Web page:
The Latest: Marijuana case judge indicates he's sympathetic

Iraq war veteran Jose Belen, who takes marijuana to treat post-traumatic stress disorder, poses in front of federal court, Tuesday, Feb. 13, 2018, in New York. Belen is one of five plaintiffs in a lawsuit challenging federal marijuana laws. He is set to appear in a New York courtroom on Wednesday for arguments in a lawsuit that claims classifying marijuana as a dangerous drug is irrational and unconstitutional. (AP Photo/Mark Lennihan)
Iraq war veteran Jose Belen, who takes marijuana to treat post-traumatic stress disorder, poses in front of federal court, Tuesday, Feb. 13, 2018, in New York. Belen is one of five plaintiffs in a lawsuit challenging federal marijuana laws. He is set to appear in a New York courtroom on Wednesday for arguments in a lawsuit that claims classifying marijuana as a dangerous drug is irrational and unconstitutional. (AP Photo/Mark Lennihan)
Iraq war veteran Jose Belen, who takes marijuana to treat post-traumatic stress disorder, poses in front of federal court, Tuesday, Feb. 13, 2018, in New York. Belen is one of five plaintiffs in a lawsuit challenging federal marijuana laws. He is set to appear in a New York courtroom on Wednesday for arguments in a lawsuit that claims classifying marijuana as a dangerous drug is irrational and unconstitutional. (AP Photo/Mark Lennihan)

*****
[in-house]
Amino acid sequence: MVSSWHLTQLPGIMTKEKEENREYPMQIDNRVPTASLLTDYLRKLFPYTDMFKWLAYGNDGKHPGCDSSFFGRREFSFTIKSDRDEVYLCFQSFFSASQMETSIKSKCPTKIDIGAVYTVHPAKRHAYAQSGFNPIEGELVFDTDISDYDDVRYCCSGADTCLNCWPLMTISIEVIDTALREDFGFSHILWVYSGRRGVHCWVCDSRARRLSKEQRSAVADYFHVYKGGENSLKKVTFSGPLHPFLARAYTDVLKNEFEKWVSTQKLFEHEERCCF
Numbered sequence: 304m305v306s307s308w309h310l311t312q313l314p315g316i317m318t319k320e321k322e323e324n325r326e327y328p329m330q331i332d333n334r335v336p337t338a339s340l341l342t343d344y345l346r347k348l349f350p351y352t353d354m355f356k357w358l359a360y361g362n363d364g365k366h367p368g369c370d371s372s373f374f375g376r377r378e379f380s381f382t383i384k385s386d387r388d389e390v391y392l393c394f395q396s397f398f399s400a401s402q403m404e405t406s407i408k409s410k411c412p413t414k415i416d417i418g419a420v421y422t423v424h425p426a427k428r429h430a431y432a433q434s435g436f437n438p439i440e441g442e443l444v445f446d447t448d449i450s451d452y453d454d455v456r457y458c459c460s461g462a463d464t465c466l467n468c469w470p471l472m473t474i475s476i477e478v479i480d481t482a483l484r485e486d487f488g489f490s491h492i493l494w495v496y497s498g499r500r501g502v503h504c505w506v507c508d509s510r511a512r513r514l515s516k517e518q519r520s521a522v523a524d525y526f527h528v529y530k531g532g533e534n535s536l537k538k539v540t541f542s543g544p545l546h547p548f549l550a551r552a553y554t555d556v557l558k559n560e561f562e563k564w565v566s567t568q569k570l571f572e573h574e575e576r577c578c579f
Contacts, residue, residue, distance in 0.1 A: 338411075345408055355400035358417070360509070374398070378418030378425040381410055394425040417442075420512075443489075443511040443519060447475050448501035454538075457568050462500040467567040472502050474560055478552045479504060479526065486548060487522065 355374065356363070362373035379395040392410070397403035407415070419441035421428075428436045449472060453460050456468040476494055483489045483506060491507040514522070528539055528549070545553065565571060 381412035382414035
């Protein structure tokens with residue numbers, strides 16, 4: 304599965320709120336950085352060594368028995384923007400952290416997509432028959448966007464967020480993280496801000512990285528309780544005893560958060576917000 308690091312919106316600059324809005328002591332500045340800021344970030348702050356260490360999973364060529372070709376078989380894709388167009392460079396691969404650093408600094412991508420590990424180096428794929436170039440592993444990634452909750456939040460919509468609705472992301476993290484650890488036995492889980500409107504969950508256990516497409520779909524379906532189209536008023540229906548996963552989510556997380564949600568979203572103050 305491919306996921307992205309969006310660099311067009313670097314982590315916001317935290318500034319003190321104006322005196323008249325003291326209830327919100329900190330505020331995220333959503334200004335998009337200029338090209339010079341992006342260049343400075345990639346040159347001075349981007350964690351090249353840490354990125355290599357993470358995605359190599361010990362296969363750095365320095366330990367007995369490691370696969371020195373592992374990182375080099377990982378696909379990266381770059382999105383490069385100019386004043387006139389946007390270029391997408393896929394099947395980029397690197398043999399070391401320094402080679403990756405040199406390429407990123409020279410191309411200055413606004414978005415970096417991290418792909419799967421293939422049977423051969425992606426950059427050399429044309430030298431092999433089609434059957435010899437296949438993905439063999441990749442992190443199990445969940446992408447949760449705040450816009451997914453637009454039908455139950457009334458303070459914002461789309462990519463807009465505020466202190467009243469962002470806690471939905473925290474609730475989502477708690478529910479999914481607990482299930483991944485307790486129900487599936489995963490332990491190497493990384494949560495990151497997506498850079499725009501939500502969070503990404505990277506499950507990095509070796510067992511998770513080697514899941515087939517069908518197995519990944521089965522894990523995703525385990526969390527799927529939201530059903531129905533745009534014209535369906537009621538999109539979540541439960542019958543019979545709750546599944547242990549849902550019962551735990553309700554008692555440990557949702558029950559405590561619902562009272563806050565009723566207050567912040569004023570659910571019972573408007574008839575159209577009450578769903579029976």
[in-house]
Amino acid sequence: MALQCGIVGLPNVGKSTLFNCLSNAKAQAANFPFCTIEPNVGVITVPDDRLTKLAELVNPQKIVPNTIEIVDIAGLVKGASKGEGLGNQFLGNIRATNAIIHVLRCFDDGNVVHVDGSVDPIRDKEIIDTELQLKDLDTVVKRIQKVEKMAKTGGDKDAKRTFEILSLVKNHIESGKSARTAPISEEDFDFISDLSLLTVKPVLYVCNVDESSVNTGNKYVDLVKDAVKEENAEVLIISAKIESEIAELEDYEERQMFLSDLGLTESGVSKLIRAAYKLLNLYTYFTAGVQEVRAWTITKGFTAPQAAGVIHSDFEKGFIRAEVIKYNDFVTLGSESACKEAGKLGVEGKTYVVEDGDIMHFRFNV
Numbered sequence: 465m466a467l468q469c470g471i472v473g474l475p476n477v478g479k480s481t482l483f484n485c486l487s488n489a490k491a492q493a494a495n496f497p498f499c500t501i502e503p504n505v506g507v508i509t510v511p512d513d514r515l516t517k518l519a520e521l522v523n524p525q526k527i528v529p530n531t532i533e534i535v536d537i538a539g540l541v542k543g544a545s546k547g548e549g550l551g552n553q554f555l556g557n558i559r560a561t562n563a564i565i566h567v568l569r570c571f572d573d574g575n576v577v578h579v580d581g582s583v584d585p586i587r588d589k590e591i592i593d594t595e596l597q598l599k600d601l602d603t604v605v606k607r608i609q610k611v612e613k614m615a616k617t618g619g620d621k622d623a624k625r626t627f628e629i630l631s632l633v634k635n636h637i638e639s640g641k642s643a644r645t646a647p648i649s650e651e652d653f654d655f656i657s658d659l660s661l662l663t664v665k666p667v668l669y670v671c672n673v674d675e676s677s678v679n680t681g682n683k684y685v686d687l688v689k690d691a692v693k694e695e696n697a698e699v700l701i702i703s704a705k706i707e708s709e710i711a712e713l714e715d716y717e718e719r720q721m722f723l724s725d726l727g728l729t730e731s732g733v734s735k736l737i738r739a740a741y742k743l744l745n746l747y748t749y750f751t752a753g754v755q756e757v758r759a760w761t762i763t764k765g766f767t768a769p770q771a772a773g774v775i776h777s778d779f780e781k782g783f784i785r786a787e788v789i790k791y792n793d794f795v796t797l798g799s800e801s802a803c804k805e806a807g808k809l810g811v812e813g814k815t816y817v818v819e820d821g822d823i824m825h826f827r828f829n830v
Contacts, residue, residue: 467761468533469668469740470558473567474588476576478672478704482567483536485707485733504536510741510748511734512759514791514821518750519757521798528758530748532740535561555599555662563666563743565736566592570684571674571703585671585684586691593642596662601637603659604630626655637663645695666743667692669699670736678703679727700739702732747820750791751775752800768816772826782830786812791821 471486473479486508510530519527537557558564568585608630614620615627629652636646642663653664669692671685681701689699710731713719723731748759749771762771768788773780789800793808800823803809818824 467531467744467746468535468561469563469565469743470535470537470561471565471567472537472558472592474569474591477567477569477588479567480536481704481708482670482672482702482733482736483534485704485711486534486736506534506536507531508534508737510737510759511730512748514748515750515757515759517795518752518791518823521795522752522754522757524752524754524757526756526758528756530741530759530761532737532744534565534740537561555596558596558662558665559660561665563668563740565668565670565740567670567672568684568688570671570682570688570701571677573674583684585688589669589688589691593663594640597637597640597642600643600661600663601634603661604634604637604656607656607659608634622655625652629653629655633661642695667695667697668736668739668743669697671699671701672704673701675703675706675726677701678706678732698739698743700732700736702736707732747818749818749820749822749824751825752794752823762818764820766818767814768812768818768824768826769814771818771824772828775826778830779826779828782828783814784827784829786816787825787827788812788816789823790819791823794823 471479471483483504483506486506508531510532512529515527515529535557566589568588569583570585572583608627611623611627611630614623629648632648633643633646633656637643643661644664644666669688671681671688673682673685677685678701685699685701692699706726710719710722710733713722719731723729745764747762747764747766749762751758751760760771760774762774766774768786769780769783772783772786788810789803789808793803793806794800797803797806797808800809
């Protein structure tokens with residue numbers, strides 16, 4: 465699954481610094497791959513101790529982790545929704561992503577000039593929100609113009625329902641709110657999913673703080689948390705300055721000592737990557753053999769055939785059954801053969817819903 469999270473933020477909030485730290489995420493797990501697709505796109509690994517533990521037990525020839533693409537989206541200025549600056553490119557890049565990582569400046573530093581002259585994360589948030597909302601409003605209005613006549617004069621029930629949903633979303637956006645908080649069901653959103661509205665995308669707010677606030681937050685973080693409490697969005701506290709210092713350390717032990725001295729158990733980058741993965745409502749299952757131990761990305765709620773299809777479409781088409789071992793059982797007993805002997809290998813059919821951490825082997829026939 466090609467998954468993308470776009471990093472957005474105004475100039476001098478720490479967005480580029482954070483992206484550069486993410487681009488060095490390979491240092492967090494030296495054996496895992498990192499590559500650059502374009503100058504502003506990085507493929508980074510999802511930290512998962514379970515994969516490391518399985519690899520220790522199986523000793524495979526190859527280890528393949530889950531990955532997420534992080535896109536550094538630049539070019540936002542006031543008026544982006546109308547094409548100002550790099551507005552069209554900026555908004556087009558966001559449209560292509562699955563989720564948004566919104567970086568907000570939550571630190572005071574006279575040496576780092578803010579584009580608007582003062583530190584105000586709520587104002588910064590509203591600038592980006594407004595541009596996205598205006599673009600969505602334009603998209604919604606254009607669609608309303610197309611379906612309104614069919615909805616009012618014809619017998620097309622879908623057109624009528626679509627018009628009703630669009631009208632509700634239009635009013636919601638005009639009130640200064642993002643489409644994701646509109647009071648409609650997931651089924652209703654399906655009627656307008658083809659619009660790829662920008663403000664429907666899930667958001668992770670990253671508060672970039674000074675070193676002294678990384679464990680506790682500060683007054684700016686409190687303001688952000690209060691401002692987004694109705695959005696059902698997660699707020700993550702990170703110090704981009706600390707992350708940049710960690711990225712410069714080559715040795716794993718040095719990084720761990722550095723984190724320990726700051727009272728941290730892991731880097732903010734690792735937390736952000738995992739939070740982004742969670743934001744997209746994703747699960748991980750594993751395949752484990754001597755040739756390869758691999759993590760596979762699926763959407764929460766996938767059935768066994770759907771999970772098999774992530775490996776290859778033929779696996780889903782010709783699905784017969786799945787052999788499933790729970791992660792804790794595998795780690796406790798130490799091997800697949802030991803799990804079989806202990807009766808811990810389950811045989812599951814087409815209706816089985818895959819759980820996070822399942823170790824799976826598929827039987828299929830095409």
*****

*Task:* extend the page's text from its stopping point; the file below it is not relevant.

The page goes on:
NEW YORK — The Latest on a lawsuit challenging federal marijuana laws (all times local):

1:50 p.m.

The judge hearing a lawsuit challenging federal marijuana laws has indicated that he is sympathetic to some patients who use cannabis to treat medical conditions.

On Wednesday, Judge Alvin Hellerstein in New York addressed an attorney for plaintiffs who want to see the law changed. The judge asked how anyone could say that the plaintiffs' lives "have not been saved by marijuana."

The lawsuit claims that the government's decision to classify marijuana as dangerous is irrational, unconstitutional and motivated by politics.

The federal government says people who want to change federal drug laws should petition the Drug Enforcement Administration rather than filing a lawsuit.

Hellerstein will rule at a future date.

___

12:30 a.m.

Army veteran Jose Belen (beh-LEHN') says the horrors of the Iraq War left him with post-traumatic stress disorder.

And the drug that he says helped him deal with the symptoms was one Veterans Affairs doctors couldn't legally prescribe: marijuana.

Now, Belen is one of five plaintiffs in a lawsuit challenging federal marijuana laws.

He is set to appear in a New York courtroom on Wednesday for arguments in a lawsuit that claims classifying marijuana as a dangerous drug is irrational and unconstitutional.

The government has filed a motion to dismiss. Government lawyers say there are logical reasons for listing marijuana as a dangerous drug under federal law.

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